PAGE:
Co-presentation with Leslie J. Morse at SGNOLA – advice and retrospective
I spent the beginning of this week at the Scrum Gathering – New Orleans (SGNOLA). As always, it proved to be a great time full of culture, learning, networking, and fun. I like to do recaps after conferences sometimes: first to ensure that I don’t lose what I captured, and second to share my thoughts with those who were unable to attend. The highlight of SGNOLA was my co-presentation with Leslie J. Morse: Can Definition of Ready make Scrum “The Big Easy?”
Leslie and I have been friends/acquaintances for the past year since we met at Scrum Gathering Las Vegas (SGLAS) in 2013. We have done some co-blogging and other idea collaboration. At Agile2013 we decided to craft a presentation on Definition of Ready, a strategy we were both using and were passionate about. We thought the Agile and Scrum community would benefit from learning more about practical application and just having that conversation could help teams to prosper.
This was my first official co-presentation. I have done a co-webinar and other co-presentations in an academic setting but not to this scale. Here are a few tips I would give in retrospect for people who co-present or are looking to start/improve.
- Practice, but not too much. Have an idea of what your slides are, who will cover which, and maybe a few thought out jokes. You don’t want to sound overly rehearsed as that takes away from your synergy.
- Feed off each other. If someone is nervous the other person should feed off that and help to include them more. If someone is very passionate and intense, the other person should make sure they are comfortable taking the reigns back to ensure a balanced presentation.
- Use two presentation remotes – this can lead to some odd humor when you both try to switch slides, but I still think it is less awkward than saying “next slide” to the person holding the clicker.
- When one person is drawing, the other person should be talking. Don’t try to talk and draw at the same time – advice from Chet Hendrickson.
- Each person’s goal should be to showcase the best of their co-presenter says Leon Sabarsky.
- Transitions! Make things seamless by practicing transitions between speaking at natural topic breaking points. Make sure to hand-off to your partner instead of abruptly stopping speaking. This is a great time for some friendly banter as well.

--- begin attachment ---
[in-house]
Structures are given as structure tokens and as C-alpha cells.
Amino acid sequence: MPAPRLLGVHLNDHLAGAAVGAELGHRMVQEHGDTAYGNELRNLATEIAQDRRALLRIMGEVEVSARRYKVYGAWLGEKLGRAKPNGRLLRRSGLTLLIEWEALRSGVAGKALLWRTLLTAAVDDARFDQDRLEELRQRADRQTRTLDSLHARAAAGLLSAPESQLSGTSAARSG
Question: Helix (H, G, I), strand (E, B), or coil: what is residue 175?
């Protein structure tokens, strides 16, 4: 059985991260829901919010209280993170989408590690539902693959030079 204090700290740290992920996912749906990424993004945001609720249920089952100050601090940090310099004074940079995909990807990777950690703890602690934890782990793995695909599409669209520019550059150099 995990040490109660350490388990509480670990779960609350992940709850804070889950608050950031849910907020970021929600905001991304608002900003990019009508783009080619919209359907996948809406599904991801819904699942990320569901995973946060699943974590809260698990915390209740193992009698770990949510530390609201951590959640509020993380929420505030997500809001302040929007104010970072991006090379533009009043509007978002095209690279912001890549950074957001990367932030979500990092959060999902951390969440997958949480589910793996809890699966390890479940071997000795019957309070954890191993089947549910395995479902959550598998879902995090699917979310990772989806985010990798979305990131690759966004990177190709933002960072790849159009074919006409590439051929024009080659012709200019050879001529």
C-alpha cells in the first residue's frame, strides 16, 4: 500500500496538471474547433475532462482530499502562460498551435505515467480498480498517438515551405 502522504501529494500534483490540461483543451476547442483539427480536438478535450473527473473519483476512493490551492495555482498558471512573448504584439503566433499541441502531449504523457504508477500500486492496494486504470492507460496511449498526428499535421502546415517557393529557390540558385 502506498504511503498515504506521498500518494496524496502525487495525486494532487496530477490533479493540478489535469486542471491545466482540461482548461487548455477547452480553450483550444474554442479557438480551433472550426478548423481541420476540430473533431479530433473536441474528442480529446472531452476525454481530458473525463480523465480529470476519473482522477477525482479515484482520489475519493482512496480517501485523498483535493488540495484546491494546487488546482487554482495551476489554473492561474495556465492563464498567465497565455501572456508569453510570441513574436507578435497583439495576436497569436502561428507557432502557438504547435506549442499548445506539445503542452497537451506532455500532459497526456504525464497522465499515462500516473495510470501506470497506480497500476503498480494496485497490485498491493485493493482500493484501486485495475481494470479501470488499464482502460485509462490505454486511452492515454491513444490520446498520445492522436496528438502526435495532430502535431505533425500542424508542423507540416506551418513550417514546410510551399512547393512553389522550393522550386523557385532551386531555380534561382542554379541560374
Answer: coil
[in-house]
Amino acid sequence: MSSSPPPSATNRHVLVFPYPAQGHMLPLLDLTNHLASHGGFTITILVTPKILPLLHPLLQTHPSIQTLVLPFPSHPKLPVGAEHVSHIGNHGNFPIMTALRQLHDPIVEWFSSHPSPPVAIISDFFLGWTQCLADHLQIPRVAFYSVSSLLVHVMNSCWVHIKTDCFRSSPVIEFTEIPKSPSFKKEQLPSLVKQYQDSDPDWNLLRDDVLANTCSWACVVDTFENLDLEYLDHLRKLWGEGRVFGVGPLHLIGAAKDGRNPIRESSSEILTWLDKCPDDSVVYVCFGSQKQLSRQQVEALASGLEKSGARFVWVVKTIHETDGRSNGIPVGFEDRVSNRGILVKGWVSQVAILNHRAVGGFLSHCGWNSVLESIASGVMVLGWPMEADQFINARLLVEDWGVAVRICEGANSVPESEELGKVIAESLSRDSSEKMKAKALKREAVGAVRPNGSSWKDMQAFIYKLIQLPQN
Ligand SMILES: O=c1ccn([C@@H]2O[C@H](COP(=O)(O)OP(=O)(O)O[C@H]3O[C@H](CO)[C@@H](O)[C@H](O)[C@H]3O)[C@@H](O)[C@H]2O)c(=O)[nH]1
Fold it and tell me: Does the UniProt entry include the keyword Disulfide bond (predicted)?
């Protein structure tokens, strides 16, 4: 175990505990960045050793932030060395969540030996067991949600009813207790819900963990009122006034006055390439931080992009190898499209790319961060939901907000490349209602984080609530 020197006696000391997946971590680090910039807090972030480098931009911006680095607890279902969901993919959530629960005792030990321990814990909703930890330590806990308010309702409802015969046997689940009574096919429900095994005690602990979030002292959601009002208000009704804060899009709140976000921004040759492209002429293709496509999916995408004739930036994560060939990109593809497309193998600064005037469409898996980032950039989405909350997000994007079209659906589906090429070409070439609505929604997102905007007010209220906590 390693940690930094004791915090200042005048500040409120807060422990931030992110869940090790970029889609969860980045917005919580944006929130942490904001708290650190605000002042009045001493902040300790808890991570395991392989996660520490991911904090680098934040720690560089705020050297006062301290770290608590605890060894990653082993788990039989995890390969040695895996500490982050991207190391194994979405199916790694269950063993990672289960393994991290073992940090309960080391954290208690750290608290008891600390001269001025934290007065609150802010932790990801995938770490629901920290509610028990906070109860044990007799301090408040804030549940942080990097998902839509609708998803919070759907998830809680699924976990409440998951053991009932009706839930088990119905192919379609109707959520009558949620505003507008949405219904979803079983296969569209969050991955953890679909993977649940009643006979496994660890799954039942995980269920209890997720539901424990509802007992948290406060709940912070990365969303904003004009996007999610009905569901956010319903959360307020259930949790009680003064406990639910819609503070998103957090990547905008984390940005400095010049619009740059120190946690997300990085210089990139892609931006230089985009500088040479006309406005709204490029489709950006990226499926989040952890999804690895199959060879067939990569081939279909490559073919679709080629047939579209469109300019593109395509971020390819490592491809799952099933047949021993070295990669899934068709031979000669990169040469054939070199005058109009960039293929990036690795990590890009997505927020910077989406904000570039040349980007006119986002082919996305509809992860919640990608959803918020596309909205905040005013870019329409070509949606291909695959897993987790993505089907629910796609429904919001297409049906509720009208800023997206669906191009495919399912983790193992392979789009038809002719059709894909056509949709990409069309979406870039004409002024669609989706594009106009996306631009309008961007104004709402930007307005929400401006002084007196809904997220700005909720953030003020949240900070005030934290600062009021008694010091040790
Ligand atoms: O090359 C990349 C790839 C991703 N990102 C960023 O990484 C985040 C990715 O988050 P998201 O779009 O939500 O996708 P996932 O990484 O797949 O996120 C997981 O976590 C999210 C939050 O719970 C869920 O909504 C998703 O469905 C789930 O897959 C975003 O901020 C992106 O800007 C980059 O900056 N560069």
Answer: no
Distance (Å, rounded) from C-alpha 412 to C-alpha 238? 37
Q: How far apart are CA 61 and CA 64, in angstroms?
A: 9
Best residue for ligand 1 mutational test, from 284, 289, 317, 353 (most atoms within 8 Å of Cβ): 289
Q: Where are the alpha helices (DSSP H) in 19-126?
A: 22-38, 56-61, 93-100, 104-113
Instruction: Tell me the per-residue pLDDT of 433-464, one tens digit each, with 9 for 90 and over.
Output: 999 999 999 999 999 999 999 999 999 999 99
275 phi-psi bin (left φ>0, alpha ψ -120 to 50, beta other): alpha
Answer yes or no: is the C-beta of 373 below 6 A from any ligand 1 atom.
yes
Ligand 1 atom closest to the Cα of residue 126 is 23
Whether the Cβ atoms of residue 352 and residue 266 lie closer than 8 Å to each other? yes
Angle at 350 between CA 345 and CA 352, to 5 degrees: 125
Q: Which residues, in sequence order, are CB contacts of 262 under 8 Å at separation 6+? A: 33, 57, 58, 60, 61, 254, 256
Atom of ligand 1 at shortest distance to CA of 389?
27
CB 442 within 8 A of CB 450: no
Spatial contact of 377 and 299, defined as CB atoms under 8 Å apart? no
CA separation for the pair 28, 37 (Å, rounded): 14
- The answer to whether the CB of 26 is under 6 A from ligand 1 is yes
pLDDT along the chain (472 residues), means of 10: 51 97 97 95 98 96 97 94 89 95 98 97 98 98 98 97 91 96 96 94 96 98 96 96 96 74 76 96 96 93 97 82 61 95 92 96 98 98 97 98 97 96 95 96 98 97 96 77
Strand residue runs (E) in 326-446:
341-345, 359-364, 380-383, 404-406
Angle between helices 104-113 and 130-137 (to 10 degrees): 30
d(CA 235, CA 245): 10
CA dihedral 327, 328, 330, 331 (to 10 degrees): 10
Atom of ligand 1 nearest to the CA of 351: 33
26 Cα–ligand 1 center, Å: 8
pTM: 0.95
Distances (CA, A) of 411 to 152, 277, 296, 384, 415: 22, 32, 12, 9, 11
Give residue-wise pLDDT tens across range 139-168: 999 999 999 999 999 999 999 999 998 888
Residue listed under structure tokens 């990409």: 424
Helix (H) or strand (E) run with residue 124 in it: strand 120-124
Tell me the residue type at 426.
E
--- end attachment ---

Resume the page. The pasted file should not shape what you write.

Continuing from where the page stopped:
A few other good things about co-presenting is that the audience stays more engaged. Having one person speaking for 90 minutes can get monotonous, but the beauty of co-presenting is the different styles, tones, and inflections of each person in addition to the synergy between presenters keeps the audience interested. It also is helpful if one person gets stuck, the other person can jump in and help out without breaking the flow of the presentation.
Another helpful tip is to have a few close friends in attendance to give feedback after the presentation. It should be people you trust not to gloss over the improvement points and just tell you what you want to hear. As a presenter, you should be open and embrace this feedback and be ready to make immediate improvements where you can. Finally, make sure you take time to debrief with your co-presenter soon after your presentation (I’d recommend doing this over drinks). Even if it didn’t go as you’d hoped, it is important to address the issues while they are still fresh and keep the relationship going. As with everything, the more you do it, the easier it will become.
The conclusion of the conference and this co-presenting experience is positive. Leslie and I will give it a second chance and hope to present together again soon either on the same topic or something new. We got some very valuable feedback and are greatly excited to put it into practice and continue to add value to the Agile/Scrum community with our presentations. If you’re interested in hearing us speak together please contact us.